Reviewed by L.D.Y.
Trade, 168 pages, 1998
Reason for Reading: I saw it at the library and decided to read it to find out why the library would have two copies of a seemingly-obscure book.
Synopsis: A collection of thirteen stories, Gaston largely deals with people in small town Canada struggling with things such as death, money, and love.
Why you should read this book: Gaston does an excellent job of bringing characters to life in just a few brief pages. The characters are also thrown into intriguing situations, such as an impromptu reunion of two high school buddies years down the road after one man’s daughter has died; a boy who gambles away all of his money to save his girlfriend from her father in a rather unexpected way; and a man determined to save the world from television.
Why you should avoid this book: Gaston’s stories go on innocently enough until the last paragraph or two in a story: then they twist suddenly and you’re left with that uncomfortable high school feeling of, ‘What? Do I have to go analyze the meaning of this now?’ Gaston probably won’t win over any new fans of people who dislike short stories, but his well-drawn characters leave the impression that it would be worth looking into Gaston’s full-length novels.
People said you could build another general store in Burkitts and as long as it had a video gambling machine in it, it would send the owner to Florida every March or April, cabin-fever season. At Lyle Green’s – the government let him have just the one machine – all day there was a line-up waiting for the chance to put a paycheque into it, or a pension into it, or last-will-and-testament money into it, whatever. As Alex’s aunt said, you could hardly see through the cigarette smoke to find yourself to the loafs of bread.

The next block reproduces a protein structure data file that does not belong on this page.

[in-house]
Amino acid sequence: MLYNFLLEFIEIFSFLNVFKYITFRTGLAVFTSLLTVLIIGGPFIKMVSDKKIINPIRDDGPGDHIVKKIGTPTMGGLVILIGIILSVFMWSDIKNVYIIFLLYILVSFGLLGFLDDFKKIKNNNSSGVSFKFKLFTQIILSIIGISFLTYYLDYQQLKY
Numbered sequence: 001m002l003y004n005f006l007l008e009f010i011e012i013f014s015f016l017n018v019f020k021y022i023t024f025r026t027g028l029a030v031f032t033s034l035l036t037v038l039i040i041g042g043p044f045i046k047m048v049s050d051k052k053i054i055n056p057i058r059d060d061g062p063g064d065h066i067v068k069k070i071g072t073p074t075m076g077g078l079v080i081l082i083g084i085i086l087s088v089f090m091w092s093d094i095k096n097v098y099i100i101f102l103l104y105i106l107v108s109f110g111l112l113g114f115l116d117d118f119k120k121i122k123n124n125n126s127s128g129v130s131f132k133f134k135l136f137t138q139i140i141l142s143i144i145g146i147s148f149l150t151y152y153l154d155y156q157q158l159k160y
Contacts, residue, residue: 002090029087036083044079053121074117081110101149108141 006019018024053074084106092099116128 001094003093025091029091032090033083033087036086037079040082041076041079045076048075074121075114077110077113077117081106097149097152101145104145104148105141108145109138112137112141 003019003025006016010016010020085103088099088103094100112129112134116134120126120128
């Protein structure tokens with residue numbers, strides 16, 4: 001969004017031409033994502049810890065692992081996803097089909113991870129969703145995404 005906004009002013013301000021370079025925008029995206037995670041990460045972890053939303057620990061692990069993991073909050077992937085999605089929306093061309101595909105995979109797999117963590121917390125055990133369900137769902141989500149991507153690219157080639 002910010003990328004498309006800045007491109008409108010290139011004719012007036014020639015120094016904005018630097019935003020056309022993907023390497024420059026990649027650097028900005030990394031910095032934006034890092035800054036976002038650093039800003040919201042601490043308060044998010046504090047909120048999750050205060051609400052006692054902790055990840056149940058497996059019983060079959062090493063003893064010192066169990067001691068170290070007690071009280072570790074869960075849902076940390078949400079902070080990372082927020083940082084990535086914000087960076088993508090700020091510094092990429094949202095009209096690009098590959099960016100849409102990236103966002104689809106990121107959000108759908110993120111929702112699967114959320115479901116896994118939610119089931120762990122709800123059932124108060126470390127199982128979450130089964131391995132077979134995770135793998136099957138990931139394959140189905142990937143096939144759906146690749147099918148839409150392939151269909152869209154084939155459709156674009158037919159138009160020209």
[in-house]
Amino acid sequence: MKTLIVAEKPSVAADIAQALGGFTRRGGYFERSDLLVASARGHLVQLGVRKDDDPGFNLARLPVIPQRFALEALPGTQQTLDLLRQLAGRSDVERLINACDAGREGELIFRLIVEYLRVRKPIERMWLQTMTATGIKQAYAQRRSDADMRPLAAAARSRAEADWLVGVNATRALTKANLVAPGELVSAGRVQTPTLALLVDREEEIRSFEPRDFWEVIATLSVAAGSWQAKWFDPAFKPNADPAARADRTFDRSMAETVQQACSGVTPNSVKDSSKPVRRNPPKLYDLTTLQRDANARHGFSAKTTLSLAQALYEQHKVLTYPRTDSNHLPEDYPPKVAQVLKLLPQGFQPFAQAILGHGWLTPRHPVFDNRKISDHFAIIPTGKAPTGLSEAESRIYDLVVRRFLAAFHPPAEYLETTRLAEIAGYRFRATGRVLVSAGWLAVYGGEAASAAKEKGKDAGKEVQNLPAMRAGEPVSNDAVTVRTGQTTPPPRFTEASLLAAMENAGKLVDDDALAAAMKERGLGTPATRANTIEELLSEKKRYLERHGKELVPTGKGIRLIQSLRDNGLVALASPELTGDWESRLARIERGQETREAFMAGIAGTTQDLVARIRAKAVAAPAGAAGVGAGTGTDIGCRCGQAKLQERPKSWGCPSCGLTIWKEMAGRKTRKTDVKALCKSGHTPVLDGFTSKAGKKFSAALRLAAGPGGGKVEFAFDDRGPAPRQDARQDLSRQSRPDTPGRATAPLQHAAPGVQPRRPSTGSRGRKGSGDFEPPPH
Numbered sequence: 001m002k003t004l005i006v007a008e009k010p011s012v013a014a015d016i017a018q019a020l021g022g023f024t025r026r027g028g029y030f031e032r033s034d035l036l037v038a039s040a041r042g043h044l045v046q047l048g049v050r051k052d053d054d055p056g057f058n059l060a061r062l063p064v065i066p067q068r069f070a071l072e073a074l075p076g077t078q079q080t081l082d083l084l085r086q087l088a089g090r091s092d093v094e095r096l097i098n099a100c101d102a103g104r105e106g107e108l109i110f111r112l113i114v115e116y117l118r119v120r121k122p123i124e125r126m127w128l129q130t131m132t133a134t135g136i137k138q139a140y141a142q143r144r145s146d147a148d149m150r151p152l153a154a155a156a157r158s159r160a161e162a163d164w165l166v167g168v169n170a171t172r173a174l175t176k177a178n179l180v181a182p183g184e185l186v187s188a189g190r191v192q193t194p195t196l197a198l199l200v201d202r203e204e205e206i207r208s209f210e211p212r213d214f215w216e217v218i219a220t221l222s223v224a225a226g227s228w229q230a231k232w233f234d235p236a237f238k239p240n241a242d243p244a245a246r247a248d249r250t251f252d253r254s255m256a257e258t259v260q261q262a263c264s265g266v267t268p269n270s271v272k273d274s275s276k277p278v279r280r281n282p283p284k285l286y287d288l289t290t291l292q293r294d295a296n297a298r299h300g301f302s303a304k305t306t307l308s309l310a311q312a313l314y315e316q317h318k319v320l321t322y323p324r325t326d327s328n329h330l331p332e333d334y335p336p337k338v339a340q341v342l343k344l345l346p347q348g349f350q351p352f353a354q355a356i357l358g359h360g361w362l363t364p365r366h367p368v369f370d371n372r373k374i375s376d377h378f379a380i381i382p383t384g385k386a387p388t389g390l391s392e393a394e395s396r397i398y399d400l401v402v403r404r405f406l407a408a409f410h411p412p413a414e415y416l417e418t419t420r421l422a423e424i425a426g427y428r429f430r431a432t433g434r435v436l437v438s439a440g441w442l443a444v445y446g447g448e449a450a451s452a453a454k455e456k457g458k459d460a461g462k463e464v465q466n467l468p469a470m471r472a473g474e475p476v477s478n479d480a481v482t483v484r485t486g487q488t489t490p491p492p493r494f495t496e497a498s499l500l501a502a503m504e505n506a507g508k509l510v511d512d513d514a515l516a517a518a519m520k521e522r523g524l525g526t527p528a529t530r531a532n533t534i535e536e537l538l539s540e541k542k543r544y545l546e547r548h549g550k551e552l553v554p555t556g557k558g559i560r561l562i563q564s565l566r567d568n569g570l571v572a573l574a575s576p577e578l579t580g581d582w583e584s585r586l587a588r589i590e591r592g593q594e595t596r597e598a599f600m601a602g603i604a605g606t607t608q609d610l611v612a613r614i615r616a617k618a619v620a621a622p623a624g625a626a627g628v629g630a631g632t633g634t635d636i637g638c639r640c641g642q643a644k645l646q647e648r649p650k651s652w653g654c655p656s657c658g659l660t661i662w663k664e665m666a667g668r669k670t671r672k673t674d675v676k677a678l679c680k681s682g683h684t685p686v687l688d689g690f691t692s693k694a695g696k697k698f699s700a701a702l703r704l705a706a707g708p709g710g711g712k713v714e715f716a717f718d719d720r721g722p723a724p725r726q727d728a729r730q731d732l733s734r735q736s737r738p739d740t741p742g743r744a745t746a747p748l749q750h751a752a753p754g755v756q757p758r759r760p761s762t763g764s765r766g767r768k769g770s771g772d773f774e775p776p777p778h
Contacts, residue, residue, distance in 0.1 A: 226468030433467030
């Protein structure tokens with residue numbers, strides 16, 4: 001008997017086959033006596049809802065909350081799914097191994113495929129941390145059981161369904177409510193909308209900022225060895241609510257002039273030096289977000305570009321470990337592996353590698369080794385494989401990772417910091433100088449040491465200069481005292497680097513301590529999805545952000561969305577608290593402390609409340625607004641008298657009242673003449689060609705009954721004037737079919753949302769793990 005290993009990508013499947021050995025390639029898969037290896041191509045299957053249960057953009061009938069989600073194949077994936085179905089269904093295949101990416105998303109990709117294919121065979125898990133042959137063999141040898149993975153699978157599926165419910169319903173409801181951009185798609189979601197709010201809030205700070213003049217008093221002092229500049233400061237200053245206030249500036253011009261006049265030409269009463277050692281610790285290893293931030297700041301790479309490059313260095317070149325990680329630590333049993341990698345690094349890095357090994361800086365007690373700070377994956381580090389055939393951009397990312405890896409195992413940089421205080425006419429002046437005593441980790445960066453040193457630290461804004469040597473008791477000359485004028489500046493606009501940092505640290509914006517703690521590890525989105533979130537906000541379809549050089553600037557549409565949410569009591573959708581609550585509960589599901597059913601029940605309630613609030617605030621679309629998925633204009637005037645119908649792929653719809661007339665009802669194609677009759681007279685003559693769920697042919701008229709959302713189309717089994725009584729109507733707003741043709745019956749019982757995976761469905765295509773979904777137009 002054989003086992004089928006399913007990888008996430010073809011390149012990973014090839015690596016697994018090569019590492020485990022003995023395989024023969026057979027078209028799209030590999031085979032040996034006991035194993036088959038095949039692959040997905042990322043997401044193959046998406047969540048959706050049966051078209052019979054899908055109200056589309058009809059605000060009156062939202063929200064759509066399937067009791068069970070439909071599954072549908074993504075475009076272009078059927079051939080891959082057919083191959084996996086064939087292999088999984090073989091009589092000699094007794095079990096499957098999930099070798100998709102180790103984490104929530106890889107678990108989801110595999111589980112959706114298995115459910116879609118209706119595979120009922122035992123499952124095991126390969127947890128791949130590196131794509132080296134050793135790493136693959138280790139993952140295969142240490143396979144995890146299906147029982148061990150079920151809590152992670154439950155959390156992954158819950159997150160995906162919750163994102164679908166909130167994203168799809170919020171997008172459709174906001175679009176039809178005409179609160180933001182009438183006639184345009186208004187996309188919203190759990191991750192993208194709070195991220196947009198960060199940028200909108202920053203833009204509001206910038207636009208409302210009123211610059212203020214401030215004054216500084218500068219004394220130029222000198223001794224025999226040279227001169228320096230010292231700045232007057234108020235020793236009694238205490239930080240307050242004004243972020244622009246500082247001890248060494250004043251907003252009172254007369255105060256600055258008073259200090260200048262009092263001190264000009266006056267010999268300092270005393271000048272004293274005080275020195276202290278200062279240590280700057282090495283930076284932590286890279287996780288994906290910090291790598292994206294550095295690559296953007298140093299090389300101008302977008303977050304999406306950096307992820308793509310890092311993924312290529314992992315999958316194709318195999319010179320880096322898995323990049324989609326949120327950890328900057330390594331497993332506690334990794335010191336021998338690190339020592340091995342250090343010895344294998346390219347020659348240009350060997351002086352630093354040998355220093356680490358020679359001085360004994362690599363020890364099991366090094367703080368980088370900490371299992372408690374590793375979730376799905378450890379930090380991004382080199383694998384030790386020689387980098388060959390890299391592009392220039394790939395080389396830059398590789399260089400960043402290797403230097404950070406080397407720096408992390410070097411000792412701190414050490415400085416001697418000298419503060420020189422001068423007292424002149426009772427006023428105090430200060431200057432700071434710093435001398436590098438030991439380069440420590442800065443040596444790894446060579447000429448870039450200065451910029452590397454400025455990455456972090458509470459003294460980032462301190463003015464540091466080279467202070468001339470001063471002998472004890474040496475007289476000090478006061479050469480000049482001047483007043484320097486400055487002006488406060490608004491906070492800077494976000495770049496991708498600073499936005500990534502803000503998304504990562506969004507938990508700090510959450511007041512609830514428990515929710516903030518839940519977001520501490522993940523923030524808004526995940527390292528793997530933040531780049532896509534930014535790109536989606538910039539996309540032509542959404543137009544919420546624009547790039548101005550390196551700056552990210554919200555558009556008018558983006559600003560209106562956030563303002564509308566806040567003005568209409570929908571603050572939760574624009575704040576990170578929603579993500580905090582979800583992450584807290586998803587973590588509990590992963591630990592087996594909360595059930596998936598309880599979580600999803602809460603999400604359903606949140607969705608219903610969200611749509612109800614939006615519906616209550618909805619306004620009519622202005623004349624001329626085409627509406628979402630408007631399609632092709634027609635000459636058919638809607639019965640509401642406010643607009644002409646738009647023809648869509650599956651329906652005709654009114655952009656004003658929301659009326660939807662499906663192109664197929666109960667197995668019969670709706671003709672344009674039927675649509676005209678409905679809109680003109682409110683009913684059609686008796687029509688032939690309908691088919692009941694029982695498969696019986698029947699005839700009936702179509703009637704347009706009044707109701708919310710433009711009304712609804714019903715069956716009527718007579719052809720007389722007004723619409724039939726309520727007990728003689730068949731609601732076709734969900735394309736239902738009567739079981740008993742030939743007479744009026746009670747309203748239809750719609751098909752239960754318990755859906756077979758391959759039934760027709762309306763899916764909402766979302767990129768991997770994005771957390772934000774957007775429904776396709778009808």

‘That was like, that was like a carnival in there,’ Tooley said, eating, staring off, shaking his head in wonder. ‘There was so much going on.’
‘There was.’ Marie Ann nodded and finished her wine.
‘I mean, our past. Our friendship kind of mutating on the spot. A wild, wild, new body. Our smells. My stupid, pathetic gratitude. Everything staring us right in the face.’ Tooley looked at her, smiling now but still shaking his head. ‘It was great but it was almost too much.’
‘It was.’ She remembered his wide-open eyes, and she remembered closing hers. During sex she liked darkness.
‘It’s gonna be harder,’ he added, casual as could be, still smiling and still her friend, ‘because the animal part doesn’t forget.’
I’m beginning to have a problem with the Internet. How about you? Defenders tell me it involves reading, but does it? Does it really? A prose style born of board games and want ads! The hiccupping syntax! Fragments in neon! Sexual enticements dangled like bait!
Also recommended: Empire Falls by Richard Russo; Nobody’s Fool by Richard Russo.
Also by this author: Midnight Hockey: All About the Beer, the Boys, and the Real Canadian Game; Gargoyles; Sointula; Tall Lives; The Cameraman; Mount Appetite; The Good Body; Deep Cove Stories; North of Jesus’ Beans.
Â© Lisa Yanaky 2003-2007